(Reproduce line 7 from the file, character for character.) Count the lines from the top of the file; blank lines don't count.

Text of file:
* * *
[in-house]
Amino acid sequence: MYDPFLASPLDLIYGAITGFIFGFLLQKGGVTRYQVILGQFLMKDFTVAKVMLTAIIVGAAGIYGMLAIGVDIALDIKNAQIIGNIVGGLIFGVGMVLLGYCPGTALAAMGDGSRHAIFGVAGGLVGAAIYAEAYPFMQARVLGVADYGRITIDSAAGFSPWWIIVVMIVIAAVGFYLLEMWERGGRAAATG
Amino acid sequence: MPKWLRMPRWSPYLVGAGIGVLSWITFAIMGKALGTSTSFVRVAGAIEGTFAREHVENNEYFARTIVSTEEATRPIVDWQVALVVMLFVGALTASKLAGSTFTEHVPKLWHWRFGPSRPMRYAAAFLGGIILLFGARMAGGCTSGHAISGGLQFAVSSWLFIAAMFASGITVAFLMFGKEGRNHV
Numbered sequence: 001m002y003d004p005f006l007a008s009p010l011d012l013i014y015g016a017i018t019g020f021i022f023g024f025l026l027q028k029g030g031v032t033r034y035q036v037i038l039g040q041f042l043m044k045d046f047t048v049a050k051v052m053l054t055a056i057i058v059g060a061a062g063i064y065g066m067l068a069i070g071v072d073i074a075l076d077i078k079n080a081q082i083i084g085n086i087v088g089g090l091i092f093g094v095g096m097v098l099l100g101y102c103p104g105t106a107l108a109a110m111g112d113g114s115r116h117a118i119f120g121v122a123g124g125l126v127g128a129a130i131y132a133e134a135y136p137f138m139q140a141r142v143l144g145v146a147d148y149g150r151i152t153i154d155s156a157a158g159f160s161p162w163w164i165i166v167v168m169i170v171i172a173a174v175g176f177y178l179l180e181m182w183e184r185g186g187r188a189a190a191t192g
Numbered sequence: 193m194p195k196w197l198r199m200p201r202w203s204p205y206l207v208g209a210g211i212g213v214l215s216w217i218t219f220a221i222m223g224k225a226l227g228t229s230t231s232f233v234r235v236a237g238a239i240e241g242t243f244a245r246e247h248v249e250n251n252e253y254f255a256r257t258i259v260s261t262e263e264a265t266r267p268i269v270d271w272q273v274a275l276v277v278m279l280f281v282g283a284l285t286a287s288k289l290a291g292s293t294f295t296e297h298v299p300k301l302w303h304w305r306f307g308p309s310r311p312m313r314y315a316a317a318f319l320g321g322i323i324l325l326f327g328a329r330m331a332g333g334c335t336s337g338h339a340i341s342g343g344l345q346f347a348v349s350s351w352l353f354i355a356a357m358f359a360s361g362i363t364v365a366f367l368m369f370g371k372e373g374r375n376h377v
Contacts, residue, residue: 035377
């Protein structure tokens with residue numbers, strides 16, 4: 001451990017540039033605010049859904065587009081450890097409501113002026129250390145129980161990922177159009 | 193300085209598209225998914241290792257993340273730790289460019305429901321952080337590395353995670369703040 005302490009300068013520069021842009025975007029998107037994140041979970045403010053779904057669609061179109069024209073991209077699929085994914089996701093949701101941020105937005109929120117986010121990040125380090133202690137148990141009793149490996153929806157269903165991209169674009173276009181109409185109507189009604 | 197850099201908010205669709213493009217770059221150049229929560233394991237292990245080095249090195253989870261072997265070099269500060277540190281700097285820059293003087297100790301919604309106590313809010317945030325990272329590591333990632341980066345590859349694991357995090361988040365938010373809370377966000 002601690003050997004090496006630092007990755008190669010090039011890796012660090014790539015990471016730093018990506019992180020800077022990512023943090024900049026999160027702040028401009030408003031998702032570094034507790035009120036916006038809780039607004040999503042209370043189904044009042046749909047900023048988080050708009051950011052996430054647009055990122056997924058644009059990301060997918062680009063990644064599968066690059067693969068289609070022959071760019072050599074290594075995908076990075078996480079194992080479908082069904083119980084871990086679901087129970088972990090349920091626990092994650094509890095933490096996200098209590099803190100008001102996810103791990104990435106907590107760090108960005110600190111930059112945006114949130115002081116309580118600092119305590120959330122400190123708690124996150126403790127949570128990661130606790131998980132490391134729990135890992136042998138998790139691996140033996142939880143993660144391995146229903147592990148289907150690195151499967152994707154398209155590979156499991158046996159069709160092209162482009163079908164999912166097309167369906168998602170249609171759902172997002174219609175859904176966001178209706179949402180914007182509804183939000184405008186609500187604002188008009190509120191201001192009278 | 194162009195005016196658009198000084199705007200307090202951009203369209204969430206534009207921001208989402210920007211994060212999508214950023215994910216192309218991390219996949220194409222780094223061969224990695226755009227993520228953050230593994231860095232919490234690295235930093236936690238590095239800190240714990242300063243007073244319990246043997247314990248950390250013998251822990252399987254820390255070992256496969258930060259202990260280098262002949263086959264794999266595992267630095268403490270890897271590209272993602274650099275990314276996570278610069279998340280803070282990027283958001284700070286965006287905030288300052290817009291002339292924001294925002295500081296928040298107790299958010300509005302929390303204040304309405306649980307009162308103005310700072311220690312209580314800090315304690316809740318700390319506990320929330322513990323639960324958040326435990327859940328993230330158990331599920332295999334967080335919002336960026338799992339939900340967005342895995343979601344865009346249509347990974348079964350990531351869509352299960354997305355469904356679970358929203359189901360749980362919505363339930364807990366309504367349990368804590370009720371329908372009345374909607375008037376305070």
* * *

């Protein structure tokens with residue numbers, strides 16, 4: 001451990017540039033605010049859904065587009081450890097409501113002026129250390145129980161990922177159009 | 193300085209598209225998914241290792257993340273730790289460019305429901321952080337590395353995670369703040 005302490009300068013520069021842009025975007029998107037994140041979970045403010053779904057669609061179109069024209073991209077699929085994914089996701093949701101941020105937005109929120117986010121990040125380090133202690137148990141009793149490996153929806157269903165991209169674009173276009181109409185109507189009604 | 197850099201908010205669709213493009217770059221150049229929560233394991237292990245080095249090195253989870261072997265070099269500060277540190281700097285820059293003087297100790301919604309106590313809010317945030325990272329590591333990632341980066345590859349694991357995090361988040365938010373809370377966000 002601690003050997004090496006630092007990755008190669010090039011890796012660090014790539015990471016730093018990506019992180020800077022990512023943090024900049026999160027702040028401009030408003031998702032570094034507790035009120036916006038809780039607004040999503042209370043189904044009042046749909047900023048988080050708009051950011052996430054647009055990122056997924058644009059990301060997918062680009063990644064599968066690059067693969068289609070022959071760019072050599074290594075995908076990075078996480079194992080479908082069904083119980084871990086679901087129970088972990090349920091626990092994650094509890095933490096996200098209590099803190100008001102996810103791990104990435106907590107760090108960005110600190111930059112945006114949130115002081116309580118600092119305590120959330122400190123708690124996150126403790127949570128990661130606790131998980132490391134729990135890992136042998138998790139691996140033996142939880143993660144391995146229903147592990148289907150690195151499967152994707154398209155590979156499991158046996159069709160092209162482009163079908164999912166097309167369906168998602170249609171759902172997002174219609175859904176966001178209706179949402180914007182509804183939000184405008186609500187604002188008009190509120191201001192009278 | 194162009195005016196658009198000084199705007200307090202951009203369209204969430206534009207921001208989402210920007211994060212999508214950023215994910216192309218991390219996949220194409222780094223061969224990695226755009227993520228953050230593994231860095232919490234690295235930093236936690238590095239800190240714990242300063243007073244319990246043997247314990248950390250013998251822990252399987254820390255070992256496969258930060259202990260280098262002949263086959264794999266595992267630095268403490270890897271590209272993602274650099275990314276996570278610069279998340280803070282990027283958001284700070286965006287905030288300052290817009291002339292924001294925002295500081296928040298107790299958010300509005302929390303204040304309405306649980307009162308103005310700072311220690312209580314800090315304690316809740318700390319506990320929330322513990323639960324958040326435990327859940328993230330158990331599920332295999334967080335919002336960026338799992339939900340967005342895995343979601344865009346249509347990974348079964350990531351869509352299960354997305355469904356679970358929203359189901360749980362919505363339930364807990366309504367349990368804590370009720371329908372009345374909607375008037376305070």